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    Double Taxation Avoidance Agreements and Permanent Establishment
The tax rates and the consequent taxation (in case of income of a foreigner) are subject to any benefits available to a non-resident investor under the provisions of any double taxation avoidance agreement (DTAA) entered into by the Government of India with the country of tax residence of such non-resident investor. If the Income Tax Act and a DTAA have conflicting provisions, the provision which is more beneficial to the taxpayer will be applicable. The list of DTAAs are available on the this link.
India has entered into Double Taxation Avoidance Agreements (DTAAs) with various other nations, e.g. Singapore (India-Singapore DTAA), or Mauritius (India-Mauritius DTAA). DTAAs essentially contain provisions by which an entity engaging in international transactions can mitigate the effect of tax liability imposed by the tax laws of multiple nations. In case of an inconsistency between tax laws and a DTAA, which one would prevail? The tax payer can opt for either the tax law provisions or DTAA provisions, whichever is more beneficial to him[1].

Key aspects of international transactions and DTAA provisions

As explained above, any DTAA typically contains provisions with respect to the following kinds of international transactions:
  • Income of foreign businesses in India (i.e. where there is a ‘permanent establishment’) – Income of foreigners operating in India attracts Indian tax laws if Indian presence qualifies as a ‘permanent establishment’. This exercise is extremely easy if the foreigner has a direct presence in India or has entered into transactions with entities that are ‘related parties’ (see later for a discussion on this).
Business profits of non-resident would be taxable under Indian law if the foreigner has a permanent establishment ("PE") in India through which it carries on its business. For this, reference must be made between the DTAA between India and the foreigner’s country.
Determination of whether a permanent establishment exists is a technical and complex exercise, and significant litigation surrounds this, but we will discuss this briefly here through the example of the India-Singapore Double Taxation Avoidance Agreement (Singapore DTAA), to explain what would constitute a PE in India.[2] Article 5 of Singapore DTAA prescribes various kinds of PEs namely:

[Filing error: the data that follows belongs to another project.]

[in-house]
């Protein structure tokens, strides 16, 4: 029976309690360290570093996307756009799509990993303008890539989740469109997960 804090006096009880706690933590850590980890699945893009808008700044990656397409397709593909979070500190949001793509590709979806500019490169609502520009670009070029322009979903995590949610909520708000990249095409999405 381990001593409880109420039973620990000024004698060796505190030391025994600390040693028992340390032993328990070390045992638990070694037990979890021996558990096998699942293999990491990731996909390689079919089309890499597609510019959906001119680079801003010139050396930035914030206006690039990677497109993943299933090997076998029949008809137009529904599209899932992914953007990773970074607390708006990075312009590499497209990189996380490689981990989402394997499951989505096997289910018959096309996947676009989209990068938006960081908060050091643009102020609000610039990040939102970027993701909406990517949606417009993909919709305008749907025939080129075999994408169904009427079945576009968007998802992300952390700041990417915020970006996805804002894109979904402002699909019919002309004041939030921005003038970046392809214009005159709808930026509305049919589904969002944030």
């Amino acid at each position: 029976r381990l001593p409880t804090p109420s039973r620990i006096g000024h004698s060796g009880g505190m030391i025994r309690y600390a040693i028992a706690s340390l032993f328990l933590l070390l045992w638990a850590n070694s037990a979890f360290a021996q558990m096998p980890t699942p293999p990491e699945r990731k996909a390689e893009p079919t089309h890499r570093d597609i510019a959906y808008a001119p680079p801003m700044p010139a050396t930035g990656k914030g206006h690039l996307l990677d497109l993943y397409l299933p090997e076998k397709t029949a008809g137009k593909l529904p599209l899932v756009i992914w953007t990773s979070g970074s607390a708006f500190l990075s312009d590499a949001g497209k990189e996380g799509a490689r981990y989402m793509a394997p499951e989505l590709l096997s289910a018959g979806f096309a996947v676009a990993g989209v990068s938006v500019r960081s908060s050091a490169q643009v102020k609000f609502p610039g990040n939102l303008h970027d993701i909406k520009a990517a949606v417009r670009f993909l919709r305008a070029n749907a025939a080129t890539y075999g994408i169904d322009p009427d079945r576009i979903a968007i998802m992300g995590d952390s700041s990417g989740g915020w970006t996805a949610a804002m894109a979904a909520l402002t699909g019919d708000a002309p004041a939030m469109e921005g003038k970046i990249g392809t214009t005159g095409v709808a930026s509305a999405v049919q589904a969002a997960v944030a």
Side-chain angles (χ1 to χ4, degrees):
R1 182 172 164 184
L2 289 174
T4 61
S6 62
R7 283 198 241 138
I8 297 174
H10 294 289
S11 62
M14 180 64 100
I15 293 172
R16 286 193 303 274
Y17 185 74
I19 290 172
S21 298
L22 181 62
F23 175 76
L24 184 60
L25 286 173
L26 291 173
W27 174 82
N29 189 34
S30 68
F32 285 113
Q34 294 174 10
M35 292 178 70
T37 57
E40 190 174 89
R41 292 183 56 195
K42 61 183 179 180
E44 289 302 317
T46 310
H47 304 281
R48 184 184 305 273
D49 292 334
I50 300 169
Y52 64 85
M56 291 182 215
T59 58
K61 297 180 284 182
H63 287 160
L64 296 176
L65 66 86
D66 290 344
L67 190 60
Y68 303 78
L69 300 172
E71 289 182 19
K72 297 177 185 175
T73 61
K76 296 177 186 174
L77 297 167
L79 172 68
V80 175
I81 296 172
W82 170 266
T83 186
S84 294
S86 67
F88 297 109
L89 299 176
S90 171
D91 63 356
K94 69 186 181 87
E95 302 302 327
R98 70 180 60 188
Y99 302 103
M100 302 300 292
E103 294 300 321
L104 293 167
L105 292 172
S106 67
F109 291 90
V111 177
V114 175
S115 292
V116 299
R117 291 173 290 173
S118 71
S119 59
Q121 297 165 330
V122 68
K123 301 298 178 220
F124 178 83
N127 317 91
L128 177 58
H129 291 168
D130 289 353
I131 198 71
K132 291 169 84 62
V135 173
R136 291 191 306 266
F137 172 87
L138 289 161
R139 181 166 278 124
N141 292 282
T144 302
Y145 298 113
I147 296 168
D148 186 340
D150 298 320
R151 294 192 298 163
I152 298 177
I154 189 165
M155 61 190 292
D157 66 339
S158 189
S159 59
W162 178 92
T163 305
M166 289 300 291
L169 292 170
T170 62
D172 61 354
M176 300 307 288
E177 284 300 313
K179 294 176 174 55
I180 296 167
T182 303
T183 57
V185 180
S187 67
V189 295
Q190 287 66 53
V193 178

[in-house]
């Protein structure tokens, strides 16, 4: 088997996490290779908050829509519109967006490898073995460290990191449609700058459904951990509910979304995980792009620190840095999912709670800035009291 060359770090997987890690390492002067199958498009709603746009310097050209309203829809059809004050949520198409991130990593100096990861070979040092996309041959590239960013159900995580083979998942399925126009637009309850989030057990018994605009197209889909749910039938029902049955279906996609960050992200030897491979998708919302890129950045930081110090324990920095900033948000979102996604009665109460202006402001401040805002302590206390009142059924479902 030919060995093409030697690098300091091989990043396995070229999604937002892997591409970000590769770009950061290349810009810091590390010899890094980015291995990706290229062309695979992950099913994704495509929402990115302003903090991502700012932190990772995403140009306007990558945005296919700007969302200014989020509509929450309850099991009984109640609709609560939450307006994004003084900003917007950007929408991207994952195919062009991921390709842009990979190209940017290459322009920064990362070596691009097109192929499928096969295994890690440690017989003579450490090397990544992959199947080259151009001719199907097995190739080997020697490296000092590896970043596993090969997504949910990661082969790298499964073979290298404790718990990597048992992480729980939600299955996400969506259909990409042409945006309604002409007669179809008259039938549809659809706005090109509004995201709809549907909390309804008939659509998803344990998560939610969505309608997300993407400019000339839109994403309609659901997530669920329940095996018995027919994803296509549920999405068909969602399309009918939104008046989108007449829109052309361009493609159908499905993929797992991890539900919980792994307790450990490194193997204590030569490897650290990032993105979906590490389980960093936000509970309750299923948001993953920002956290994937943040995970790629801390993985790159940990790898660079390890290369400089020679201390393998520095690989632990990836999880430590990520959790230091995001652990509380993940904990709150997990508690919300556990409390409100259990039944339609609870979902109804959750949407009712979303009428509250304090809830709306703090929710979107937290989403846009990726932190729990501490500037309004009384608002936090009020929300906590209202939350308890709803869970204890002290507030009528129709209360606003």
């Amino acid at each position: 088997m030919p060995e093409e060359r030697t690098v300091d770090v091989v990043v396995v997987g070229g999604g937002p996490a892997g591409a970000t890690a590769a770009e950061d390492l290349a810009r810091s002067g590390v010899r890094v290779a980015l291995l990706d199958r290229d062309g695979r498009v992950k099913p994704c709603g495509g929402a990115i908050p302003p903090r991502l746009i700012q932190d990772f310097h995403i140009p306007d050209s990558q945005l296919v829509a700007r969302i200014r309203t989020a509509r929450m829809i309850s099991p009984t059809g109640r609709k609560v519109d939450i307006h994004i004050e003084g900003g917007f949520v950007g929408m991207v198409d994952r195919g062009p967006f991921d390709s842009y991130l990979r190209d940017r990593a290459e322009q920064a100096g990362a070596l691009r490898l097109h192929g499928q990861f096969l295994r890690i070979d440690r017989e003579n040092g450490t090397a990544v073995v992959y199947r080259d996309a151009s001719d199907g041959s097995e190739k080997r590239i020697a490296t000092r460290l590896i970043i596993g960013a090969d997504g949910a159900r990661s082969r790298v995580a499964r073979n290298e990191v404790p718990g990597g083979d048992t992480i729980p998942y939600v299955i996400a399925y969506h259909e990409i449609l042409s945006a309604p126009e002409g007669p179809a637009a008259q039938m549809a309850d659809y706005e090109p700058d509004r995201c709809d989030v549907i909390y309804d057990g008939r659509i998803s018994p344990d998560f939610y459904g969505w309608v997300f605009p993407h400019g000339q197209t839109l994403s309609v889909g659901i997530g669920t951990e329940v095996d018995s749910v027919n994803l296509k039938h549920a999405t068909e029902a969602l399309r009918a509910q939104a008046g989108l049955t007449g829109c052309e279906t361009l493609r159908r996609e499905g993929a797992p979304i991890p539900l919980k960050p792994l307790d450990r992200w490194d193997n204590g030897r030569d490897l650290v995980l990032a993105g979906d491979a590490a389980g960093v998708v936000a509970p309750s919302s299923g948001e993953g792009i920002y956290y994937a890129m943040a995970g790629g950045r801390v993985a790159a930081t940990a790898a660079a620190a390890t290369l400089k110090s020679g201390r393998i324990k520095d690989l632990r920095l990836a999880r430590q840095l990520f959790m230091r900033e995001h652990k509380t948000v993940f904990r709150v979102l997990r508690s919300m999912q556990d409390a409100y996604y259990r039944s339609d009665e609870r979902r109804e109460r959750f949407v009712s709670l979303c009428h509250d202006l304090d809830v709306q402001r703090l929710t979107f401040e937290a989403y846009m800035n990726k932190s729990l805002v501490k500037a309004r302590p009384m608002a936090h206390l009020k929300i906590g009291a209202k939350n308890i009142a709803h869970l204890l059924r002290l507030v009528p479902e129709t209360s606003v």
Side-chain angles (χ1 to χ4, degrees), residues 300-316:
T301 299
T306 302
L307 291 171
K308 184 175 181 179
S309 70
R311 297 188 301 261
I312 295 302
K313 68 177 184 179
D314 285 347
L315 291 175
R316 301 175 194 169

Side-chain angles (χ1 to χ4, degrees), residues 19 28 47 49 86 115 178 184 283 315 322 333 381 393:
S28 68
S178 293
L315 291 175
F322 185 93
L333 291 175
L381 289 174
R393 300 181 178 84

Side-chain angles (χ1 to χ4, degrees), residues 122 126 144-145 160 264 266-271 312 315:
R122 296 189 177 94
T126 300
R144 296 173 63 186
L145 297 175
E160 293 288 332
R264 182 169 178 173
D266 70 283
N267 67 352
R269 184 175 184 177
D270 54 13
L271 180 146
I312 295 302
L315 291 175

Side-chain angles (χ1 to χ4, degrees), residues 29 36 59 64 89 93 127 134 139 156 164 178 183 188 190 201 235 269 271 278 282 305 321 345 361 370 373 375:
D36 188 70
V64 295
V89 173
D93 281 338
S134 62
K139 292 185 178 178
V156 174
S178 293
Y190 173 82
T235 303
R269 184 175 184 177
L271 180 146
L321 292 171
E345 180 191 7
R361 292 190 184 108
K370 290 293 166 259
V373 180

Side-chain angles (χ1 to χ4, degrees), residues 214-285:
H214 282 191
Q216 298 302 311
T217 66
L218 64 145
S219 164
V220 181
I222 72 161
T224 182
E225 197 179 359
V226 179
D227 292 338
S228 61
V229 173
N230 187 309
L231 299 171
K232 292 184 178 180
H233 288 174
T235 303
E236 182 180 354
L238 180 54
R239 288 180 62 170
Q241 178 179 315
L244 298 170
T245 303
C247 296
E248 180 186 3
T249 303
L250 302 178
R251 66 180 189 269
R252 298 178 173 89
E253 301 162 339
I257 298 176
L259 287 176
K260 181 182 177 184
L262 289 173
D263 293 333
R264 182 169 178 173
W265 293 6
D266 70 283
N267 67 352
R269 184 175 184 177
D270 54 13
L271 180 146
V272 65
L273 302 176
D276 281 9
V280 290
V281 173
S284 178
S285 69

1. Fixed Place PE - A Fixed Place PE may be constituted if the foreign entity has a fixed place of business in India, such as an office, a branch, a sales outlet, a warehouse etc. in India.
  2. Agency PE - An agency PE may be constituted if the non-resident appoints an agent in India who signs contracts on its behalf or secures orders for such non-resident or maintains stock of goods or merchandise from which he regularly delivers goods or merchandise on behalf of such non-resident.
  3. Service PE (this clause is present in very few DTAAs of India with other nations) - a non-resident will be considered to have a PE in India if it furnishes services through employees or other personnel (Service PE):
  • For more than 90 days in a financial year,
  • For a related enterprise (more than 30 days) in a financial year.
  1. Construction PE: A building site or construction, installation or assembly project will be regarded as a PE only if it continues for a period of more than 183 days in any fiscal year in India.
If a foreign entity has a PE in India, the business profits that are attributable to such activities of the PE would be taxable in India. 
  • Royalties and technical fees - Apart from channelizing finances into the Indian business, investment transactions often involve transfer of technology, intellectual property or softwares – foreign investors may deriving income through royalties or technical fees in case of such transactions.
  • Receipt of interest by foreigners (on loans, debentures or other securities)
Capital gains (typically from sale of securities) - Exit related transactions typically attract capital gains tax and are discussed later in a separate chapter.
Section 90 of the Act
[2]Note: DTAAs ca
n reduce or mitigate tax liability but cannot impose tax liability.

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